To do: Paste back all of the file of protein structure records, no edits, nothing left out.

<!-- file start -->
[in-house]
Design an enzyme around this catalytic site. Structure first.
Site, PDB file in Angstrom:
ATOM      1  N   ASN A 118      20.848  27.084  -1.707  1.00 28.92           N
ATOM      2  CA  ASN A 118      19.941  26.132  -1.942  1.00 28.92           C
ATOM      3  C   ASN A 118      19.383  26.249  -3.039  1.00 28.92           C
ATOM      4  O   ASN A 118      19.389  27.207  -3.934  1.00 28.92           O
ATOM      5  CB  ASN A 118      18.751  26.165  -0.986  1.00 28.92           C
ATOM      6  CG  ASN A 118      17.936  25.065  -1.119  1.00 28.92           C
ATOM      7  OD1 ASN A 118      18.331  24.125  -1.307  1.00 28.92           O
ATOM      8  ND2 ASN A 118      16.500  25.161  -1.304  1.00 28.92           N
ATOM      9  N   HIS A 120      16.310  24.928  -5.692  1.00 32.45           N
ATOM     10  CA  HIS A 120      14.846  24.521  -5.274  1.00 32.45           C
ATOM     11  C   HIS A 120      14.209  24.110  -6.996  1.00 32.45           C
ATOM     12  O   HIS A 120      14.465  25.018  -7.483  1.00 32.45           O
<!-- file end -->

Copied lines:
[in-house]
Design an enzyme around this catalytic site. Structure first.
Site, PDB file in Angstrom:
ATOM      1  N   ASN A 118      20.848  27.084  -1.707  1.00 28.92           N
ATOM      2  CA  ASN A 118      19.941  26.132  -1.942  1.00 28.92           C
ATOM      3  C   ASN A 118      19.383  26.249  -3.039  1.00 28.92           C
ATOM      4  O   ASN A 118      19.389  27.207  -3.934  1.00 28.92           O
ATOM      5  CB  ASN A 118      18.751  26.165  -0.986  1.00 28.92           C
ATOM      6  CG  ASN A 118      17.936  25.065  -1.119  1.00 28.92           C
ATOM      7  OD1 ASN A 118      18.331  24.125  -1.307  1.00 28.92           O
ATOM      8  ND2 ASN A 118      16.500  25.161  -1.304  1.00 28.92           N
ATOM      9  N   HIS A 120      16.310  24.928  -5.692  1.00 32.45           N
ATOM     10  CA  HIS A 120      14.846  24.521  -5.274  1.00 32.45           C
ATOM     11  C   HIS A 120      14.209  24.110  -6.996  1.00 32.45           C
ATOM     12  O   HIS A 120      14.465  25.018  -7.483  1.00 32.45           O